In the time since the technology’s introduction, which was still in its infancy at the 2018 World Cup, VAR has been deployed in a much more level-headed manner. Moreover, players are now acutely aware that they won’t get away with anything in and around the penalty box. It’s, therefore, unlikely that we’ll ever have a scenario like 2018 again, where both players and officials were still getting used to VAR and its many quirks.
“Generally, it should be noted that FIFA is extremely satisfied with the level of refereeing to date and the successful implementation of the VAR system, which on the whole has been positively accepted and appreciated within our football community,”
said FIFA Media Relations Manager Giovanni Marti in the aftermath of the 2018 tournament.
Indeed, 2022 is testament to that. While the number of penalties given was higher than all other tournaments except 2018 there were 6 less than in Russia. This shows that VAR is becoming more intelligent and players are becoming better at no giving penalties away knowing that all actions will be checked now on video.
New Handball Interpretations
The use of video assistants at the 2018 World Cup also coincided with a new directive from FIFA and football’s other governing bodies. One such outcome of this directive was a much stricter interpretation of the handball rule, which was evidenced by the officiating at the 2018 World Cup.
For the tournament in Russia, it was decided that penalties could be awarded even if a handball from the defending player was accidental and/or was deflected from very close range. Once again, this is another rule that players have gotten used to in the years since, but back in 2018, it had a notable impact on spot-kick numbers. In total, five penalties were awarded for handball in 2018, with France even benefitting in the Final when the ball crashed into the arm of Croatia forward Ivan Perisic.
Officially, the new rule stipulated that a penalty could be awarded against the offending player if the hand that made contact was in an “unnatural position”. In a sign of how football has changed since then, we very regularly hear pundits reference “unnatural” arm positions when discussing potential penalty incidents in the Premier League.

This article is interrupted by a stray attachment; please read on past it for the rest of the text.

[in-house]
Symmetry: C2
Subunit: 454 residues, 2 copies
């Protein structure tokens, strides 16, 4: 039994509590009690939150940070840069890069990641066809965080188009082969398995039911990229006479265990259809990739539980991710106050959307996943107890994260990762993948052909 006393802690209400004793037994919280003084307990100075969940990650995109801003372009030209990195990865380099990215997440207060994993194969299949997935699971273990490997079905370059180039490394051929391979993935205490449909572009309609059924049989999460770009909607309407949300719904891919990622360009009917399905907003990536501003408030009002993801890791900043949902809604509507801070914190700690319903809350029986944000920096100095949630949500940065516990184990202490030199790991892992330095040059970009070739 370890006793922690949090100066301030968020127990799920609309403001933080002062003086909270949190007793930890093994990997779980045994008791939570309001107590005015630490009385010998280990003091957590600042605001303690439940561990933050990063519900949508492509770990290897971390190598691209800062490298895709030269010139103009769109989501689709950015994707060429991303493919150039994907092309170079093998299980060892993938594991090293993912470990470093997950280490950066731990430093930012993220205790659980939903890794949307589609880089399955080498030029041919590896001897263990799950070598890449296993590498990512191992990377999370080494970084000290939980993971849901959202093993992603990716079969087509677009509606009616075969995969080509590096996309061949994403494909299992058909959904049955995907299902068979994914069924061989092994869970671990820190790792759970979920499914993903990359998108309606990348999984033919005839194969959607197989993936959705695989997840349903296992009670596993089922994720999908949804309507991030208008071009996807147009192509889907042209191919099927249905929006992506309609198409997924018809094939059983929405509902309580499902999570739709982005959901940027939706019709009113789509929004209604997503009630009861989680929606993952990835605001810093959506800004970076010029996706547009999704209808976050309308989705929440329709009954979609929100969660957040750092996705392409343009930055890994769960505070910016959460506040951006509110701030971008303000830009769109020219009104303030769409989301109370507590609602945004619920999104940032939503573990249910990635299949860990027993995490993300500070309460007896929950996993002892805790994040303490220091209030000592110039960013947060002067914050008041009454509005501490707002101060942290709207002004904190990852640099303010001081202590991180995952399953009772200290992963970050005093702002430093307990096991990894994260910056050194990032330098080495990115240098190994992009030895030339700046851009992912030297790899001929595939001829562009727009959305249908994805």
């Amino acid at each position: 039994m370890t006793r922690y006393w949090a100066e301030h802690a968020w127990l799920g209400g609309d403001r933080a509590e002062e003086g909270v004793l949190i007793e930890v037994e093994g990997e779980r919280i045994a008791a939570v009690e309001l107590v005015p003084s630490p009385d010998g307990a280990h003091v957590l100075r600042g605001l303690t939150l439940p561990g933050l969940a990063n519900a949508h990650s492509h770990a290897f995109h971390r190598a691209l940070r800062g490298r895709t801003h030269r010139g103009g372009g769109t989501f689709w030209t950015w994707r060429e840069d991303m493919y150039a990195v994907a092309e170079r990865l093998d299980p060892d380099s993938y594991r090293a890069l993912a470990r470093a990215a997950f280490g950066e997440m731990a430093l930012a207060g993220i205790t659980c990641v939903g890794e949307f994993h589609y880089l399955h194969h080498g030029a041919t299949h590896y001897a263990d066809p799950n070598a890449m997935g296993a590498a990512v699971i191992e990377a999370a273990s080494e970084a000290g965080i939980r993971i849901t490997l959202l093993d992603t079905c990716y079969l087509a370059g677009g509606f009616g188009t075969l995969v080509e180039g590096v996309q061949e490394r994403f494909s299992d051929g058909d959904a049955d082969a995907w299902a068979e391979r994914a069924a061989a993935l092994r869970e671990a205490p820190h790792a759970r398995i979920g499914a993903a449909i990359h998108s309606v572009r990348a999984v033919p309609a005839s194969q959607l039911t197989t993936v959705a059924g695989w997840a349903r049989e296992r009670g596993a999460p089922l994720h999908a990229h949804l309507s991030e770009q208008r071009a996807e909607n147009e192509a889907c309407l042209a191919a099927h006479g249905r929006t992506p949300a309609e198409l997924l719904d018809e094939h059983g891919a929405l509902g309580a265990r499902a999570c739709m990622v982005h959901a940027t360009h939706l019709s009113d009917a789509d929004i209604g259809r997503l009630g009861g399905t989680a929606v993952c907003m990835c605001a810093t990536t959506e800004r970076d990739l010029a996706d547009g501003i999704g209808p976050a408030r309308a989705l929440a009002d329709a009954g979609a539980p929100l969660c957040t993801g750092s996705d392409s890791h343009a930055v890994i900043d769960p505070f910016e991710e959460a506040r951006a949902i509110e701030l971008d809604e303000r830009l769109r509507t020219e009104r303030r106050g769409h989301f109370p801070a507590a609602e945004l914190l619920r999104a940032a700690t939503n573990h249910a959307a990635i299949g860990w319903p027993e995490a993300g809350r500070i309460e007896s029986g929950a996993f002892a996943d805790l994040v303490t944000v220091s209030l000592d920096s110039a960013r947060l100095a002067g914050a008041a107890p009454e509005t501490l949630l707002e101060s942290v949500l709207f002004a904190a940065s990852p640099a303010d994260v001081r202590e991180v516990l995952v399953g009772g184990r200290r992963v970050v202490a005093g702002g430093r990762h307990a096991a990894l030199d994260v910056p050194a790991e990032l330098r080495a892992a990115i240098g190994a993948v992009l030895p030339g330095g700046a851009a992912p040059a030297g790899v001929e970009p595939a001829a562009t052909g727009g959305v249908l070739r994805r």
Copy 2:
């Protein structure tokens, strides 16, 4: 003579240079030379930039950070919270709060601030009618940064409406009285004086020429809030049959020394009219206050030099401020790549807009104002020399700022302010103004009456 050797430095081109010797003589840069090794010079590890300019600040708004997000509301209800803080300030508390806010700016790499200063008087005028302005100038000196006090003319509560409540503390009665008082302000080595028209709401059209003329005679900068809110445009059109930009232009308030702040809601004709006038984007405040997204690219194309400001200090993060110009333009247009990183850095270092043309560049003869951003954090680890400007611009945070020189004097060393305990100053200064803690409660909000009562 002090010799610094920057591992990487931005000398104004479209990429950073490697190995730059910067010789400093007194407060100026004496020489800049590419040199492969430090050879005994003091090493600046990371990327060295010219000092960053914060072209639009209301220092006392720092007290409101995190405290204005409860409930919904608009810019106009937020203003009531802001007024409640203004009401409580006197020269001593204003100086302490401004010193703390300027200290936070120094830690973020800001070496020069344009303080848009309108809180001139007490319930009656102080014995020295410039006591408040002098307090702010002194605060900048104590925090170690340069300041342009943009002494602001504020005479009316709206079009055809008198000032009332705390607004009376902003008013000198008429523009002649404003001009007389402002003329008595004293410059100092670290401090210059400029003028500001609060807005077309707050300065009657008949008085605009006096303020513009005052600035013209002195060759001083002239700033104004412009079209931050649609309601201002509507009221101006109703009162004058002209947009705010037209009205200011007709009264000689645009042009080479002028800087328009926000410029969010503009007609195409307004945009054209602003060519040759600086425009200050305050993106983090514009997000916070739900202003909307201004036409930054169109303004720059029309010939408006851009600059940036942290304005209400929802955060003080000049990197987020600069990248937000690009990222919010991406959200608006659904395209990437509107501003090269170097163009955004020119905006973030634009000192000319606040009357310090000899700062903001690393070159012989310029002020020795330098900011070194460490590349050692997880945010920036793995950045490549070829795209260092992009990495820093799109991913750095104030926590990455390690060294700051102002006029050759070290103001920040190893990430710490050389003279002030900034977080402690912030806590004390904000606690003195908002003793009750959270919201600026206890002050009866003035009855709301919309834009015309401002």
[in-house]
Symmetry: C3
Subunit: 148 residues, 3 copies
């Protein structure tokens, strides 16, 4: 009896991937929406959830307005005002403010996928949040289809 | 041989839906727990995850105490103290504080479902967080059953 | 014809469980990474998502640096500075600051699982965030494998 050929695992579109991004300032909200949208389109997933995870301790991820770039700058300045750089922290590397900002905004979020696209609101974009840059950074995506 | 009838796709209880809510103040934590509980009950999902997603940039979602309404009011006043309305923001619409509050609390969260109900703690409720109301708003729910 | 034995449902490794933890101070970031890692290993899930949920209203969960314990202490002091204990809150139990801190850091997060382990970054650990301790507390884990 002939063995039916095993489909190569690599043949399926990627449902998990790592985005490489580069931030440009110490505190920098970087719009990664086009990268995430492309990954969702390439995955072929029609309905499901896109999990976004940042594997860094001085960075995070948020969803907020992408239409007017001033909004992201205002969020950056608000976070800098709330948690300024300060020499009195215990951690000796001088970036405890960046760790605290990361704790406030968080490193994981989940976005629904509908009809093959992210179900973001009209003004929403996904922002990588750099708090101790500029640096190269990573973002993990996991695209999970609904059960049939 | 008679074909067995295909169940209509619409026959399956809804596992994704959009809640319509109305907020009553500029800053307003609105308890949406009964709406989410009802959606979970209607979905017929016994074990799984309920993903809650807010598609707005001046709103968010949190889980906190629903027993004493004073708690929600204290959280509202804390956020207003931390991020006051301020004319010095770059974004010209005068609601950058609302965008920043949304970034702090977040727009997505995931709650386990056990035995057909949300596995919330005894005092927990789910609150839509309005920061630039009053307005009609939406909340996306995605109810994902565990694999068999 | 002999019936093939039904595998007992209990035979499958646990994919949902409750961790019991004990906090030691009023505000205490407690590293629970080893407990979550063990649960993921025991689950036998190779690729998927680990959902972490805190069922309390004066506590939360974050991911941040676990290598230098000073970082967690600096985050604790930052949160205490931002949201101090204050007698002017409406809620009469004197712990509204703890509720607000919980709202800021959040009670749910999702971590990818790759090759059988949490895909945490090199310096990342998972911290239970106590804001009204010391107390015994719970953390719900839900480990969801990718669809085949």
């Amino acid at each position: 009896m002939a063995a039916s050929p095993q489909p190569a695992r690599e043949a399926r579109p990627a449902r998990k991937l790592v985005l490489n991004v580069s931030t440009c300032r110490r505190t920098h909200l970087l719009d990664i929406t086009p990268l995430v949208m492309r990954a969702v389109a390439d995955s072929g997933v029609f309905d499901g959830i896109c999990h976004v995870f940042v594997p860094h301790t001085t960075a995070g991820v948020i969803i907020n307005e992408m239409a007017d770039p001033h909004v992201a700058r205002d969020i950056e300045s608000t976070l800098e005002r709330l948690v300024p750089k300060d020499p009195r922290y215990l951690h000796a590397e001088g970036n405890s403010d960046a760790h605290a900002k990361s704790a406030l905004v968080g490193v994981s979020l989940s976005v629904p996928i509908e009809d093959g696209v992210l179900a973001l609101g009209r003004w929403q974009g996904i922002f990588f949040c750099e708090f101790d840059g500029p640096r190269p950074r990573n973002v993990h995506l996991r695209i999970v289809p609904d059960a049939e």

In 2022 handball rules were relaxed a bit more and only X penalties were awarded for handball. Plus, players have gotten more used to new handball rules and make more conscious decisions to keep their arms out of the way as much as possible.
Will These Patterns Continue In 2026?
Ultimately, it’s impossible to predict whether we’ll see similar penalty numbers this year as we did in 2018 and 2022. The main reason for this is the context around the World Cup four and eight years ago, as the handball rules and VAR were both new to the game. With eight years to adapt, you’d assume that players would be more cognizant as to what they can and cannot get away with.
We also don’t know how the tournament will be officiated, as a new directive could yet be announced. This leaves me to speculate that the number of penalties in USA/Canada and Mexico will likely dip back down to ‘normal’ levels, as Russia and Qatar are very much outliers for a number of different reasons.
What we can be fairly certain of, however, is the overall numbers of penalties at the 2026 World Cup should be high or higher thanks to the fact there are 80 matches instead of 64. There will likely be more shootouts too given a whole round of 32 has been added to the knockout stage, doubling the number of knockout games from 16 to 32. The interesting point will be whether the number of penalties per game goes down, which I suspect it will.
As we’ve demonstrated throughout this piece, the importance of the penalty kick has changed drastically since the very first World Cup back in 1930. Today, in order for a team to succeed, a specialist spot-kick taker is essential, while it’s also vital that the rest of your squad is ready to take one in the event of a shootout.
Rules changes have created an environment where we see more penalties than ever before, although entirely whether that will remain the case in future editions of the World Cup remains to be seen. What we can say with some confidence is the days of one penalty being scored at a World Cup Finals are most certainly over – barring a massive overhaul of the sport’s rule book.